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Senior captain Sam Wancowicz has been instrumental in shifting the culture of Penn men's soccer towards one that is more conducive to winning.

Credit: Chase Sutton

From the moment he committed to Penn, Sam Wancowicz knew he had joined a family.

Wancowicz has been a rock for Penn men’s soccer since patriarch and coach Rudy Fuller welcomed him to the team. The senior captain has started nearly every game for which he has been healthy in his four years, providing much needed stability and consistency to the back four.

From the outset, Wancowicz’s rise to prominence was almost destined. As a freshman with no college soccer experience, Fuller trusted him enough to start him at center back in the season opener vs Drexel. Wancowicz would go on to start 13 games his rookie season, including two back-to-back games against ranked opponents – Nos. 10 Washington and 12 American. 

“I was very fortunate to step into the center back role right away,” Wancowicz said. “My dad has been a good example of working hard. He’s always saying, ‘Be a leader not a follower’ so that’s something I’ve always had to live by.”

The younger Wancowicz’s leadership abilities became apparent last season, when he earned the captaincy as a junior. This year more than ever, the senior class, led by Wancowicz and co-captain Austin Kuhn, has placed a large emphasis on establishing a welcoming culture in the locker room.

“You have to set the example for the younger kids,” Wancowicz said. “We have to set the standard for the freshmen. I’ve been a captain in high school and my club team, and it’s not too different from that. Just wearing the armband for your school, representing the school, is something I take a lot of pride in.”

Wancowicz feels a duty as captain to ensure that the current crop of freshmen are welcomed to the family just as much as he was four years ago.

“My freshman year, [it was surprising] how accepting the seniors were. I was pretty close to guys like [fellow center back] Jason deFaria and [forward] Duke Lacroix. So I think that really helped me a lot in my transition from high school to college. That’s something I’ve tried to work on this year for the freshmen—to try to help them feel at home right away just like Jason and Duke did for myself.”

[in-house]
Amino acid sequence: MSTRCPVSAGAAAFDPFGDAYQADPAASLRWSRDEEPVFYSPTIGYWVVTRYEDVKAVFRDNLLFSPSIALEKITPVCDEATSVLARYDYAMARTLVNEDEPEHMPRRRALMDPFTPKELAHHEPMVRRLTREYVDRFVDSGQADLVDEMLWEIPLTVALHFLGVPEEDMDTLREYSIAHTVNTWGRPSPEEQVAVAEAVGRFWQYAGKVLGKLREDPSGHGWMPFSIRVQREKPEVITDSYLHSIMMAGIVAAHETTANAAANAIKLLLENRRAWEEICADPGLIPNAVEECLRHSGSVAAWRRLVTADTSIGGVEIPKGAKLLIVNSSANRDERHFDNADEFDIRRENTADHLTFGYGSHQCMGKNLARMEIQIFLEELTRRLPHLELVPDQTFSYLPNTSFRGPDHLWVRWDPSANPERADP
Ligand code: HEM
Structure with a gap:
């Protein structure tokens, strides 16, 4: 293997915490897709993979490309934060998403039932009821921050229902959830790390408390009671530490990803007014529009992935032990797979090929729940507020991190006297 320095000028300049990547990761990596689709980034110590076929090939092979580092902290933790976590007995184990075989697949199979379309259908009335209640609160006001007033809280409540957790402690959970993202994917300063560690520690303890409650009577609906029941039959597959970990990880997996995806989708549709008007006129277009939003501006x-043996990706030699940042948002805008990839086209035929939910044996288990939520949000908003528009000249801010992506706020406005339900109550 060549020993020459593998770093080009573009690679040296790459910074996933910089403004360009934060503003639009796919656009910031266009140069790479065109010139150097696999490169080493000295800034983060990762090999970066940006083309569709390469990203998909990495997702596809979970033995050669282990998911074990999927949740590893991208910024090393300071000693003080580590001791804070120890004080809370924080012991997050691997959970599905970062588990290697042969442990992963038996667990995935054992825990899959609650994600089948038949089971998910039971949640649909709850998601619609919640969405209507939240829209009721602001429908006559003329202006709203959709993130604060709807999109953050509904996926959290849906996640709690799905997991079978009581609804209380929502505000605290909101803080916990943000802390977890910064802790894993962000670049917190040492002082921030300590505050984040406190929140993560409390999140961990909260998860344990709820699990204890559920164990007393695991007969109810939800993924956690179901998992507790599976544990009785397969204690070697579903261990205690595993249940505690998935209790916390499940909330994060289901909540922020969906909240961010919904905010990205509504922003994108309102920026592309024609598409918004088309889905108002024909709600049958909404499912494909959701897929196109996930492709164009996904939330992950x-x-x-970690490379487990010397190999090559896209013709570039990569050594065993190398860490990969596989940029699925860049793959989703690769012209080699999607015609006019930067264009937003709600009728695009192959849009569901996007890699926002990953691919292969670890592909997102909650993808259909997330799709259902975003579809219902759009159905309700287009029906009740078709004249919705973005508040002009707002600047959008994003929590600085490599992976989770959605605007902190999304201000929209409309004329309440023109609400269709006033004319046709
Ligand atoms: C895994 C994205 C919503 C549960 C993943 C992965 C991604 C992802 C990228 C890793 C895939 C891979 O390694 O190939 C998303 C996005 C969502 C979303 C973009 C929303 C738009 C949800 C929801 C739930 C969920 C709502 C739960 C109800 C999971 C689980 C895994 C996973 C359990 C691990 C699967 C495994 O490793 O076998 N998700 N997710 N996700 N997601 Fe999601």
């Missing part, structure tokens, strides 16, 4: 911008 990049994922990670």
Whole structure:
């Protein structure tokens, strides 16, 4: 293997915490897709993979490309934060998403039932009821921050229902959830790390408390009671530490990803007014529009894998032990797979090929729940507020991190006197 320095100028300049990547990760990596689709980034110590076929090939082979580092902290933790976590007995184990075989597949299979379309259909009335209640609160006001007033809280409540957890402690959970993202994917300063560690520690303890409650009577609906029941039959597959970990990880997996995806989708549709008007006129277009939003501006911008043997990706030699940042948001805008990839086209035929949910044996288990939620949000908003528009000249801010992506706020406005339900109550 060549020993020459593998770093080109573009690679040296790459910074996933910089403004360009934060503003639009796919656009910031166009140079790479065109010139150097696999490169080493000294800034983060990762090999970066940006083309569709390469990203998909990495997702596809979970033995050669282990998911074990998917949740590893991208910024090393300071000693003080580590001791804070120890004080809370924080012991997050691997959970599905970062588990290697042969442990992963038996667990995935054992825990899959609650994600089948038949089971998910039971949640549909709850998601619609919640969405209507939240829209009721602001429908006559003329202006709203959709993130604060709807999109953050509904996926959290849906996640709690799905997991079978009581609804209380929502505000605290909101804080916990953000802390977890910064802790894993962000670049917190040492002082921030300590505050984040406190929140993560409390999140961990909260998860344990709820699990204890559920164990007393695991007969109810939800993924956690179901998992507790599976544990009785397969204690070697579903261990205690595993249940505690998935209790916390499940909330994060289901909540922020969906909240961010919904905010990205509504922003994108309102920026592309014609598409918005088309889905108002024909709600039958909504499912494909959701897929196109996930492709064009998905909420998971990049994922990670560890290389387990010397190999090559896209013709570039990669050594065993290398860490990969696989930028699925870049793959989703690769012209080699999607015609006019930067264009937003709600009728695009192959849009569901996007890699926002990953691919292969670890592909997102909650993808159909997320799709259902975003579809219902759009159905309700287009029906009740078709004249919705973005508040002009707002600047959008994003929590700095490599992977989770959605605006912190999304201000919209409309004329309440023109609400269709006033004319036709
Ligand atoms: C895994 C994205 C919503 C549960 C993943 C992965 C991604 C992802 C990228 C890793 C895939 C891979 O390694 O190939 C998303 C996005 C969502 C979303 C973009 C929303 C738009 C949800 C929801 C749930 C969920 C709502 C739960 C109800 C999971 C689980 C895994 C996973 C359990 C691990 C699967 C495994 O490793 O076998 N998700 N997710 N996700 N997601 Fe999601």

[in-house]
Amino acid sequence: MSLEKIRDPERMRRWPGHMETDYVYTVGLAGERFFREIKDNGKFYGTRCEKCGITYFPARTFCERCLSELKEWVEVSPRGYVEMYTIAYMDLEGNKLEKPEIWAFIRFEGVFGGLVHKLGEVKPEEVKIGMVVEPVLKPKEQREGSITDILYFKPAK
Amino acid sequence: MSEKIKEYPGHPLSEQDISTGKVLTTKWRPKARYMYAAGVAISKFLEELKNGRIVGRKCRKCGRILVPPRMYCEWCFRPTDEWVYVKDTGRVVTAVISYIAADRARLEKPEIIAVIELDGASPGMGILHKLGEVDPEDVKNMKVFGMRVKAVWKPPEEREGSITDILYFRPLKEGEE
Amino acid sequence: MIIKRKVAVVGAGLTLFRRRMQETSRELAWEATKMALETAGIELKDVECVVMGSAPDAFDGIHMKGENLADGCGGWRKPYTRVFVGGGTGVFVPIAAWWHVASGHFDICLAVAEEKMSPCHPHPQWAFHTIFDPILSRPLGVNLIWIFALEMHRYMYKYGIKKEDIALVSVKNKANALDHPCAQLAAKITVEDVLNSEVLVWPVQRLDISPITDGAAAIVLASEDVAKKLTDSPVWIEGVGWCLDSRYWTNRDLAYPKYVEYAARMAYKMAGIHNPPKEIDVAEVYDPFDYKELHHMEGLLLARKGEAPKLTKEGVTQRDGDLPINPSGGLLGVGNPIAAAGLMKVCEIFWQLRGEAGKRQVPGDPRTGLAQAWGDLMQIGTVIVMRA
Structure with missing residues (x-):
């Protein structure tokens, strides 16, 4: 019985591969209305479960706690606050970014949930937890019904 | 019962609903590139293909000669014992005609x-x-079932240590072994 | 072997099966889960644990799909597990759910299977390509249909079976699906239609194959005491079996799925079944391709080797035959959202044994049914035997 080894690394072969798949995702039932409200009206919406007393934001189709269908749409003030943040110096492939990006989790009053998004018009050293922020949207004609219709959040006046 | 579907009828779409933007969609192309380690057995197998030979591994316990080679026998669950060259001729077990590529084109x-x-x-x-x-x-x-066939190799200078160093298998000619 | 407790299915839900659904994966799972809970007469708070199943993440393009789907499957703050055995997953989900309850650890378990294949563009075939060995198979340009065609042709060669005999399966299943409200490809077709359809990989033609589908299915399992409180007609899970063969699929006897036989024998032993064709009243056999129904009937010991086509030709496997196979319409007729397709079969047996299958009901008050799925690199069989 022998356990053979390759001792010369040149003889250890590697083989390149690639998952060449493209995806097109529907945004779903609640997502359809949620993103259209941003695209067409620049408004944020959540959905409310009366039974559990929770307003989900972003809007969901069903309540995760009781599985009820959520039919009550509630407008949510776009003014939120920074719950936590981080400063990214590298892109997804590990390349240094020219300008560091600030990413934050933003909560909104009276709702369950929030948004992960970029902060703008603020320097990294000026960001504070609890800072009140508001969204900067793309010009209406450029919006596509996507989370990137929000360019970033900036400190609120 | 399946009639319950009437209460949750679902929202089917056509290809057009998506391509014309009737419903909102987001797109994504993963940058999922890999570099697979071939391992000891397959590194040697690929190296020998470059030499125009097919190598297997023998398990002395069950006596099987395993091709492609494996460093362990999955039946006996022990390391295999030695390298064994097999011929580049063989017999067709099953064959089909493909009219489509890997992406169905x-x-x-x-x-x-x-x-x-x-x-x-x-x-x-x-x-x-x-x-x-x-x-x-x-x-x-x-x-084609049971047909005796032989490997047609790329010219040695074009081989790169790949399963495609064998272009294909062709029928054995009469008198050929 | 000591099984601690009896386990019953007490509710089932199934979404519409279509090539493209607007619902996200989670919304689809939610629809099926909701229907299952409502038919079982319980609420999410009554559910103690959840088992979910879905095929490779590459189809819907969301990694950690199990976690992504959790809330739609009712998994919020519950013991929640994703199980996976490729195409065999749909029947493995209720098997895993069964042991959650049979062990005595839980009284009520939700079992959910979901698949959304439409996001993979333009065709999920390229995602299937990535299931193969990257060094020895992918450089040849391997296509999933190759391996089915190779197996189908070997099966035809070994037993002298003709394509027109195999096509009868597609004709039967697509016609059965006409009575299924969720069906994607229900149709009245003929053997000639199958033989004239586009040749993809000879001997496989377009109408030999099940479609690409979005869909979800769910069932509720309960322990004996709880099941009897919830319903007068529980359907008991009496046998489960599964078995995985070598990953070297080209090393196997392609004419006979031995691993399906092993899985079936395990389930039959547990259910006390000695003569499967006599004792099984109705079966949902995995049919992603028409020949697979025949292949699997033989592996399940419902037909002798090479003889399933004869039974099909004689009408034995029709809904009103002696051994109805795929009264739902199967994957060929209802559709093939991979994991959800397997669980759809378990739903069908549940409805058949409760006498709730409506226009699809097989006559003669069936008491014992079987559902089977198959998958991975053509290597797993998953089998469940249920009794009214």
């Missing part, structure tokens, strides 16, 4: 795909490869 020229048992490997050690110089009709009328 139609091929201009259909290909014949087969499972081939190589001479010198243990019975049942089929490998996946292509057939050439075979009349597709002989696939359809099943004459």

Continuing that family atmosphere hasn’t always been easy. Wancowicz stressed the importance of the off the field portion of the team’s season. Indeed, the preparation in the trainer’s room for the grind of the season and the day-to-day maintenance of injuries and especially team chemistry require effort.

“One thing I’ve been proud of recently is that our locker room wasn’t in the greatest situation a year ago, and now, it’s probably stronger than it’s ever been in my four years here. We kind of changed the culture here, and hopefully it will turn into wins. Both Kuhn and myself are trying to put the program in a better place than where we started.”

On the field, Wancowicz has been a key cog in the Quakers' back four. Now moved out to his natural position at right back, he has more of an opportunity to push forward in the attack. That has led to an increased presence on the stat sheet. Last season, Wancowicz notched a career high four goals and three assists, more than doubling his total production up to that point at center back. So far this season though, the offensive production of both the team and its right back have been slowed considerably.

The only blip in Wancowicz’s career was an injury in his sophomore year. He missed about half the season because of that injury, but says that it helped teach him not to take anything for granted.

“It makes you appreciate being on the field. It made me appreciative of the small things that you don’t appreciate when you’re in the grind of college soccer. Obviously, it sucks not being on the field.”

With his Penn career winding down, Wancowicz will relish his last four opportunities to take the field with his soccer family. His focus remains on the game ahead, just as it always has.